Review of “Methods of Resolving Interpersonal Conflict”

Topics: Resolution, Problem solving, Dispute resolution Pages: 3 (839 words) Published: April 1, 2010
Review of “Methods of Resolving Interpersonal Conflict”
Mark R. Long
Morris Graduate School of Management

Review of “Methods of Resolving Interpersonal Conflict”

The article (Burke 1969) describes a number of methods for negotiating and handling conflicts. In this article the author describes both effective and ineffective methods ranging from force to withdrawal. Each method is defined by a number of examples. The most effective technique, Confrontation Problem Solving, is identified and described in terms of its characteristics.

The second best resolution technique defined in Table 1 is Forcing while the worst technique was also Forcing. Forcing was the second best resolution technique under the Effective Resolution column at 24.5%, following the best technique at 58.5% Confrontation Problem Solving. Forcing also was the worst resolution technique at 79.2% under the Ineffective Resolution column. Forcing was seen to be effective by the “winners” of a win-lose conflict. It was seen by “losers” of a win-lose conflict to be ineffective. Forcing is perceived as an effective method of resolving conflict by the victor, but not by the vanquished.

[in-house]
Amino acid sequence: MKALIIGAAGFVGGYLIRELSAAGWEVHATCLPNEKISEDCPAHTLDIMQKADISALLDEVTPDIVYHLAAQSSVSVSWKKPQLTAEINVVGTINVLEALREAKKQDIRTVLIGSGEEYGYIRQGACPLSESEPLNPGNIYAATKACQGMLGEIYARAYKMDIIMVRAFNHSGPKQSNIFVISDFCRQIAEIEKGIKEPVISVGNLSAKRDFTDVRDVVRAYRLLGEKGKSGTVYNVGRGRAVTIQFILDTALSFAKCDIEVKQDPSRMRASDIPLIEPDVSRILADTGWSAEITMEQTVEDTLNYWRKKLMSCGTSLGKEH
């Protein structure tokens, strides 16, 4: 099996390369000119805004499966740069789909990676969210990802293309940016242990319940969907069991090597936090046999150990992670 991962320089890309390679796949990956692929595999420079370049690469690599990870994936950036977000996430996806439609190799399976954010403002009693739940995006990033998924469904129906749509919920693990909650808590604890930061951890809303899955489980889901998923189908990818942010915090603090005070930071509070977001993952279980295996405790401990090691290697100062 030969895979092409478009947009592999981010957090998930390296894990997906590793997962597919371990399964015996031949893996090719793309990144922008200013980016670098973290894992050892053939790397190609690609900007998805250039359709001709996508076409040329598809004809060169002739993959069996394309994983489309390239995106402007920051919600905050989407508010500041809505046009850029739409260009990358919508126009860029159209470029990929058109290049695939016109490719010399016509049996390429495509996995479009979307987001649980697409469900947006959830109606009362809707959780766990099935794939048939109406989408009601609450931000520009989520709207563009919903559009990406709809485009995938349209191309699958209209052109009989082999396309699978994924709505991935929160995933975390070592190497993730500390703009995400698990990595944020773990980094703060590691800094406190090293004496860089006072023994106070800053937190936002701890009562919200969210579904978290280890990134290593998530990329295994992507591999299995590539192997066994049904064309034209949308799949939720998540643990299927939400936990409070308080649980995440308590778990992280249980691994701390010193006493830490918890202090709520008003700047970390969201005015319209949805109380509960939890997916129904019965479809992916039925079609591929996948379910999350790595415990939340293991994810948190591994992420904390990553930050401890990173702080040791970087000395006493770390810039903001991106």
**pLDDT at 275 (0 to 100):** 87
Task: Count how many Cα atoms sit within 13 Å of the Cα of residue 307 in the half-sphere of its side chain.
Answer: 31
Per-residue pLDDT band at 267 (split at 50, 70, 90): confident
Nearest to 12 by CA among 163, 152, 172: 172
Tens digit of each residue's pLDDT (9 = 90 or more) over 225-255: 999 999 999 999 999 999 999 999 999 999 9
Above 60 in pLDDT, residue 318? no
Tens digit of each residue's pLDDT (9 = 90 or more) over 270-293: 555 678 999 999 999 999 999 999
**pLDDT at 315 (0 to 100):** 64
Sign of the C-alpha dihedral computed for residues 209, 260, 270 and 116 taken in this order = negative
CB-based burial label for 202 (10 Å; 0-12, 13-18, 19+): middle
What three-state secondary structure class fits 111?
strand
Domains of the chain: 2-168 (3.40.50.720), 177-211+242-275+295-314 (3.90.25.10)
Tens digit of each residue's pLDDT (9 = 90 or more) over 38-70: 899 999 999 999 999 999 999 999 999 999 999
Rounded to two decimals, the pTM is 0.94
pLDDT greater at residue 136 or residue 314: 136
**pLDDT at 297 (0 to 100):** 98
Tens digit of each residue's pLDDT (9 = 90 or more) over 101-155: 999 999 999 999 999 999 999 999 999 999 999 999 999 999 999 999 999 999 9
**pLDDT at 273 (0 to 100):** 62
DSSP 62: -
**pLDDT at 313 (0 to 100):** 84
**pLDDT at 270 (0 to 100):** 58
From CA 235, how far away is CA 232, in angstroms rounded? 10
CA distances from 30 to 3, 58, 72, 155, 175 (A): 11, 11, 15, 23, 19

From the first four examples in the text (Burke 1969) the best example is number 4. This example highlighted the fact that through problem solving both parties can benefit. Working through their differences they reached a solution that was optimal to both of them. This created a win-win scenario. With neither side feeling the “victim”, a better resolution was discovered. They can now build on this success to resolve the next problem without any carryover of negative history between the parties.

From the remaining examples in the text (Burke 1969) the worst examples are numbers 5, 6, 7. All three illustrated Forcing as a method of conflict resolution. A win-lose situation is created. In each of the cases the superior prevails over the subordinate. This creates a win-lose situation where only one side perceives...
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